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[GreenYes] The Latest on RecycleBank and Philly Recycling

March 15 - Phila. Weekly
No Deposit, No Return
Environmentalists hope Philadelphia's new recycling coordinator will expand
RecycleBank throughout the city.
by Gwen Shaffer

When The New York Times ran an article last month about RecycleBank, a
government official in Saudi Arabia contacted the Philadelphia-based company
to inquire about bringing the program to the Middle East.

RecycleBank co-founder Patrick FitzGerald says he wasn't completely
surprised by the call. "I've heard from countries all over the world ...
Belize, France, the U.K., even Senegal."

Ironically, Philadelphia's own Streets Department is hesitant to sign a
contract with RecycleBank-which gives store coupons to residents who place
their recyclables, including plastic and cardboard, on the curb for weekly

The program has proved wildly popular in the West Oak Lane and Chestnut Hill
sections of the city, where a yearlong pilot program saw participation rates
jump from 15 percent to 90 percent. Residents earned up to $400 in credits
over the year, which they spent at more than 100 shops such as Starbucks,
Rite Aid, certain merchants at the Reading Terminal Market and TLA Video.

FitzGerald says he's also talking with officials in Boston, Atlanta and
Charlotte, N.C., about implementing the program citywide in these cities.

Philadelphia officials have balked at expanding the RecycleBank program to
all 500,000 households here, insisting that the cost is prohibitive.
Environmentalists who've watched Philadelphia's recycling rate slide
downward for the past decade counter that the Streets Department can't
afford not to bring RecycleBank to every neighborhood.

The Philadelphia controller issued a report last August concluding that not
only is the Streets Department violating Philadelphia's mandatory recycling
ordinance, but increasing recycling collection rates could save taxpayers
$17 million annually in landfill costs. Rather than implement the
controller's recommendations, the Streets Department refuted his findings.

But two events make local environmentalists hopeful that reforms are on the
horizon. Just last week a new recycling coordinator took the helm of
Philadelphia's floundering recycling program. In addition, City Council is
in the process of holding budget hearings, and the Streets Department is
likely to face tough questions about lagging recovery rates when it
testifies March 15. Council members Jannie Blackwell, Blondell
Reynolds-Brown and Michael Nutter have expressed support for a citywide
rollout of RecycleBank.

The Streets Department is negotiating with RecycleBank to expand the program
to 10,000 additional homes in Philadelphia (in addition to the 2,500
households already participating in the pilot program). FitzGerald stresses
that no deal has been reached.

"We're still in negotiations with RecycleBank right now," confirms Streets
Department spokesperson Emily Buenaflor.
Even if the two parties agree on a contract, recycling advocates remain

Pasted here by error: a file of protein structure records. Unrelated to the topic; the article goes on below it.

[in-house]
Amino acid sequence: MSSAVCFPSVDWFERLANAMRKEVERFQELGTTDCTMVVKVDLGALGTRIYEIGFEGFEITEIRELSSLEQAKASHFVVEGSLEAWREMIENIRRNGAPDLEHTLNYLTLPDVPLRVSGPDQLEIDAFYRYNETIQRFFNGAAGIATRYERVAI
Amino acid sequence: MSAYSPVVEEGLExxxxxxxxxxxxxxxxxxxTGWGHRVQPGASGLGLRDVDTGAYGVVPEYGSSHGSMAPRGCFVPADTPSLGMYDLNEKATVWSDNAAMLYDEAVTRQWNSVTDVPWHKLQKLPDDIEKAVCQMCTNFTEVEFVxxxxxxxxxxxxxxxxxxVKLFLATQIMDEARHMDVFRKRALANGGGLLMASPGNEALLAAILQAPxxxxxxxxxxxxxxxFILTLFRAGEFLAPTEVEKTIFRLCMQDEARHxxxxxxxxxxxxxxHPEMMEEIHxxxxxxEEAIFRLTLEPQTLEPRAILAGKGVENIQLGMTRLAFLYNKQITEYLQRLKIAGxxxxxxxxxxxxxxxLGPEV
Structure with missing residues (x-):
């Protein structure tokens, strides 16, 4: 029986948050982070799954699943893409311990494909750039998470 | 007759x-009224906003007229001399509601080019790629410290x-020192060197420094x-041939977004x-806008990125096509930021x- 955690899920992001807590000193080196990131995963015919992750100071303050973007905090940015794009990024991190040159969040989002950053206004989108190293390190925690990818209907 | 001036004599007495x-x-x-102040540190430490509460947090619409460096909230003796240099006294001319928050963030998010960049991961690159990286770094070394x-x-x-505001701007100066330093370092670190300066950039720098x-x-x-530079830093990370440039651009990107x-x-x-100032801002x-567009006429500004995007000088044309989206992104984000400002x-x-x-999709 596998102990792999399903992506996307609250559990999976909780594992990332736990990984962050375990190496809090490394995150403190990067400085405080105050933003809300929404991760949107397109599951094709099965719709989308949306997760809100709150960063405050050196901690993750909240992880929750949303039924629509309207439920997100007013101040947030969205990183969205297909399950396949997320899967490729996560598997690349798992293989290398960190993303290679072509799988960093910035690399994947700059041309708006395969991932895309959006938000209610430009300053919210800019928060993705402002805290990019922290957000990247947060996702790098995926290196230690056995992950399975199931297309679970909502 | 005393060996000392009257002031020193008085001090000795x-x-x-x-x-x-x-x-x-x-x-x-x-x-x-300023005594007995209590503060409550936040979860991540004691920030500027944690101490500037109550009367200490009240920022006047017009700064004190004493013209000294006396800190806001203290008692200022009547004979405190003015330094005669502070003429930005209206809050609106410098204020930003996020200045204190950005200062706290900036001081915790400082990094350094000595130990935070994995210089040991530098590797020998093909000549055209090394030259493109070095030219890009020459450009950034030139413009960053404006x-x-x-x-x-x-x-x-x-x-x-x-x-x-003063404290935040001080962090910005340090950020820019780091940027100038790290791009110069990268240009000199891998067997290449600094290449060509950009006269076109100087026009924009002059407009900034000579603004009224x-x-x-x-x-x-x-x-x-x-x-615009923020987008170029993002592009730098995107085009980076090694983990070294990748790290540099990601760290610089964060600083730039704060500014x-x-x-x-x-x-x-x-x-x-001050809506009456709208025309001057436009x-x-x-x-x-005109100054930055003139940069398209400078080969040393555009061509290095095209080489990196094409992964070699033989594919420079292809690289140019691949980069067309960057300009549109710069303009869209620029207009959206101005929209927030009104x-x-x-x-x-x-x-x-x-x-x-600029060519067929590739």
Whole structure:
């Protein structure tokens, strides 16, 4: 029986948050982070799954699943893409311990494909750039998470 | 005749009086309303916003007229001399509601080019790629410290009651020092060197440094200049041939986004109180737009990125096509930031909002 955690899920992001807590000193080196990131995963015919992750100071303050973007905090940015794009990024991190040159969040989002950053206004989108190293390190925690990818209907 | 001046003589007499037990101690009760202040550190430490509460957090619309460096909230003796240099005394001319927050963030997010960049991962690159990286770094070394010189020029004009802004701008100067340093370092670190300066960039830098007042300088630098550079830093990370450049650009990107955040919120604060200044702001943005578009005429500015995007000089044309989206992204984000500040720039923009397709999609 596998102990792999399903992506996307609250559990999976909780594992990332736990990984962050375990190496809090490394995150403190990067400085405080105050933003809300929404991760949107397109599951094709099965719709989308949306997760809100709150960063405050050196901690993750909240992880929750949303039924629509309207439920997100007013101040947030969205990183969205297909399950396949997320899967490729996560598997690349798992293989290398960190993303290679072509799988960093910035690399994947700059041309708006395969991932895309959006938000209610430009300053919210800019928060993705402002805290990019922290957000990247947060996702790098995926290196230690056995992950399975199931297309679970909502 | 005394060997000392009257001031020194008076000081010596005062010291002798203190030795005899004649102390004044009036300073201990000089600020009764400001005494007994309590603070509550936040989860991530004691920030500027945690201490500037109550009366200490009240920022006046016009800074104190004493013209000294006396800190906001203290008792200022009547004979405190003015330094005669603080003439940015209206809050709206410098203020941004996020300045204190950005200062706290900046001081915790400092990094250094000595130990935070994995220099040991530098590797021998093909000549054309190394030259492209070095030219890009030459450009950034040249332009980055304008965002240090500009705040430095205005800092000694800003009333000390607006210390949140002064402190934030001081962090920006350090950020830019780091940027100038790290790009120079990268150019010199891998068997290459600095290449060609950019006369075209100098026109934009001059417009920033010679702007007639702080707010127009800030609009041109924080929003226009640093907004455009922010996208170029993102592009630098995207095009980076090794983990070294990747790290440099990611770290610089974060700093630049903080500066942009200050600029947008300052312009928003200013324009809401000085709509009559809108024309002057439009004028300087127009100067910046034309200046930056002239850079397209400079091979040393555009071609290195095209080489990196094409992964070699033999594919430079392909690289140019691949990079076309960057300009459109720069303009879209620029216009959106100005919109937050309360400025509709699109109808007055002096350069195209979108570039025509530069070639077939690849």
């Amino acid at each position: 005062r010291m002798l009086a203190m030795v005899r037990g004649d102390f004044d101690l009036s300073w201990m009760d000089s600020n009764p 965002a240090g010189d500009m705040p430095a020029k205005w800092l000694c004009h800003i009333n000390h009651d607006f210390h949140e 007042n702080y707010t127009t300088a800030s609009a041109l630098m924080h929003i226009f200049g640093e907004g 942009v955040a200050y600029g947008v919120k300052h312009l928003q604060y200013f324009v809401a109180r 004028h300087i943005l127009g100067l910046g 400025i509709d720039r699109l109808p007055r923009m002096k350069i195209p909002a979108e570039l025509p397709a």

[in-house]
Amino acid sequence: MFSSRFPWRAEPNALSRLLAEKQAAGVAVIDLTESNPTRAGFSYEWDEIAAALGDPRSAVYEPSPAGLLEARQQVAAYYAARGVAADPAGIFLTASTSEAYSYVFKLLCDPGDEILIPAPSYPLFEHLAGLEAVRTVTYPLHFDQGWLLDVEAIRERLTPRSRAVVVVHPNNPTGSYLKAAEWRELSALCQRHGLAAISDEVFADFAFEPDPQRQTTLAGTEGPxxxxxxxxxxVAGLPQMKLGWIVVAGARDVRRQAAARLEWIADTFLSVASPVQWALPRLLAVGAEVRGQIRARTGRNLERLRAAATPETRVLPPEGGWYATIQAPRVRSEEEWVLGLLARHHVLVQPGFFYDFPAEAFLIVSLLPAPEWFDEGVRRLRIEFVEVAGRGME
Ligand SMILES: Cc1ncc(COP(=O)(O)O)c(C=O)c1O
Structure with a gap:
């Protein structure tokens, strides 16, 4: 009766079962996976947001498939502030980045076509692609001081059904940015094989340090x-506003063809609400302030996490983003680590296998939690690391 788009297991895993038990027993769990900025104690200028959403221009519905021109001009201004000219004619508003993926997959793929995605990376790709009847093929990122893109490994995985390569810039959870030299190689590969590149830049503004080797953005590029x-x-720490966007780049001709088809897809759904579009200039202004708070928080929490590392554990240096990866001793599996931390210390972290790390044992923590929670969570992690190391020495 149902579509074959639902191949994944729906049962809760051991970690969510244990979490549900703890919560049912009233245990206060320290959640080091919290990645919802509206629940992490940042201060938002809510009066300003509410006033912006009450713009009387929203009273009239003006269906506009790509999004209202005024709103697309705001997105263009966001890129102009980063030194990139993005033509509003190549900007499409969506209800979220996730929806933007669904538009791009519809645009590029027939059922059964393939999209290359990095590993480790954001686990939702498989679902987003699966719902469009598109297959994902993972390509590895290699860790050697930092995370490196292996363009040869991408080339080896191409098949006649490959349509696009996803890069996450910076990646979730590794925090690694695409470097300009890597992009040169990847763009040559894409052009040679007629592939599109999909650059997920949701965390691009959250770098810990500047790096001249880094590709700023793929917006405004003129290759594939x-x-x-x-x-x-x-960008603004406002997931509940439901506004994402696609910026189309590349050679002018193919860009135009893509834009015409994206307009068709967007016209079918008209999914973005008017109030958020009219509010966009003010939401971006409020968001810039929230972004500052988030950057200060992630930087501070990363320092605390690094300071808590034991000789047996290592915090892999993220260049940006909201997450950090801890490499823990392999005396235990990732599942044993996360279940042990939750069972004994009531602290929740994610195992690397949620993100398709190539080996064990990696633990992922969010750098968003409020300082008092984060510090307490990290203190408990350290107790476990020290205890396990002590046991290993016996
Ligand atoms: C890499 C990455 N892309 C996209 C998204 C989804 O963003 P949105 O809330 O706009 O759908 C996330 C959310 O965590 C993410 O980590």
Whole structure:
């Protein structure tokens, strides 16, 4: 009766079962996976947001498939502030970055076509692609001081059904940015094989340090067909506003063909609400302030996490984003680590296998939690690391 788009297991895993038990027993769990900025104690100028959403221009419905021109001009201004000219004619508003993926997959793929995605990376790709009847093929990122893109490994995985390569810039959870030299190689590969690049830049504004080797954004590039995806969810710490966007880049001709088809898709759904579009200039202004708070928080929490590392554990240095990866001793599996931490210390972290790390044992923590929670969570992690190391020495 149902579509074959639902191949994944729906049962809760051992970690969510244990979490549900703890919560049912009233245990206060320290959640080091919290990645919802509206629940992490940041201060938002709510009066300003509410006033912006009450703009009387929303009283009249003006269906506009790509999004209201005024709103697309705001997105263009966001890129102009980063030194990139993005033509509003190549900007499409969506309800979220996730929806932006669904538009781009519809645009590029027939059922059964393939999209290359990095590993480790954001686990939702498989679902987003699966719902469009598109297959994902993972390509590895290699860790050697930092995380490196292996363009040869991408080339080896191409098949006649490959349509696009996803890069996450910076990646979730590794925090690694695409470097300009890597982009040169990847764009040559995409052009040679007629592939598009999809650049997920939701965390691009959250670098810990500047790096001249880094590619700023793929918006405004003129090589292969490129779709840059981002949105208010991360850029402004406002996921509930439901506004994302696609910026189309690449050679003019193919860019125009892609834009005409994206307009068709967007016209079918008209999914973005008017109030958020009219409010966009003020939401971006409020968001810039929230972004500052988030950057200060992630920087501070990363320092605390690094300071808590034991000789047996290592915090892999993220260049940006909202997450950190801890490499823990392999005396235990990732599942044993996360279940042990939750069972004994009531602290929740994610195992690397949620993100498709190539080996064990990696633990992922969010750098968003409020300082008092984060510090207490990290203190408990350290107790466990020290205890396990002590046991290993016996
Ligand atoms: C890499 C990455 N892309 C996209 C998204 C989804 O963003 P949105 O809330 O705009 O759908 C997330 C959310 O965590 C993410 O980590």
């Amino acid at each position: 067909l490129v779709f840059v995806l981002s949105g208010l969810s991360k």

unimpressed. "At this rate it would take 52 years for the program to become
citywide," points out Maurice Sampson II, who served as Philadelphia's first
recycling coordinator.

He's working with a coalition of local advocacy groups on the Recycle NOW
Philadelphia Campaign. Members are hosting a series of forums in
neighborhoods around the city and urging civic associations to lobby the
Streets Department to "demand" incentive-based recycling in their own
neighborhoods, as well as running a petition campaign to raise awareness
about the issue.

"And our big push this month is to get a huge turnout for the City Council
budget hearing March 29," says Emily Linn, who works on recycling for the
Clean Air Council.

But environmentalists aren't waiting till the end of the month to rally the
troops. During a March 2 forum in Center City, members of the Recycling
Alliance noted that RecycleBank is "the only thing" to effectively boost
recycling participation rates in the past 10 years. For instance, the
Streets Department spent about $3 million to publicize its curbside
recycling program last year, yet participation continued to lag.

"We get accused of acting as a marketing arm for RecycleBank," Sampson told
the 75 or so people who attended the forum. "We're not, but we do believe in
incentive-based recycling, and no one else is doing it."

In the meantime, Joan Hicken took over as Philadelphia recycling coordinator
last week. Hicken had served since 1999 as recycling coordinator for
Glendale, Ariz., a city with a population of about 225,000.

Evan Belser, program organizer for Clean Water Action, credits Hicken with
leading "a very successful" curbside program in Glendale. "She built it from
the ground up," he adds, noting that Glendale recently achieved about a 19
percent recycling rate.

"We're very excited to have Joan coming on board. She's going to bring a lot
of knowledge and experience to our city," Buenaflor says.

Hicken was one of two candidates for the recycling coordinator position
recommended by Philadelphia's Recycling Advisory Committee. Belser, who
participated in the selection process, says he was impressed with Hicken's
experience developing a recycling program "from its infancy."

"She has no misconception of the challenges awaiting her arrival," he says.
As local environmentalists turn up their efforts to publicize RecycleBank,
Streets Department commissioner Clarena Tolson is countering with her own
public outreach. At the Philadelphia Flower Show last Thursday she
demonstrated how to incorporate recycled materials into gardening.

"As an added bonus," according to a press release issued by Tolson's office,
she offered "beautification tips" by explaining how to transform old tires
into flower planters and how to create "garden lighting from plastic

David Biddle <>

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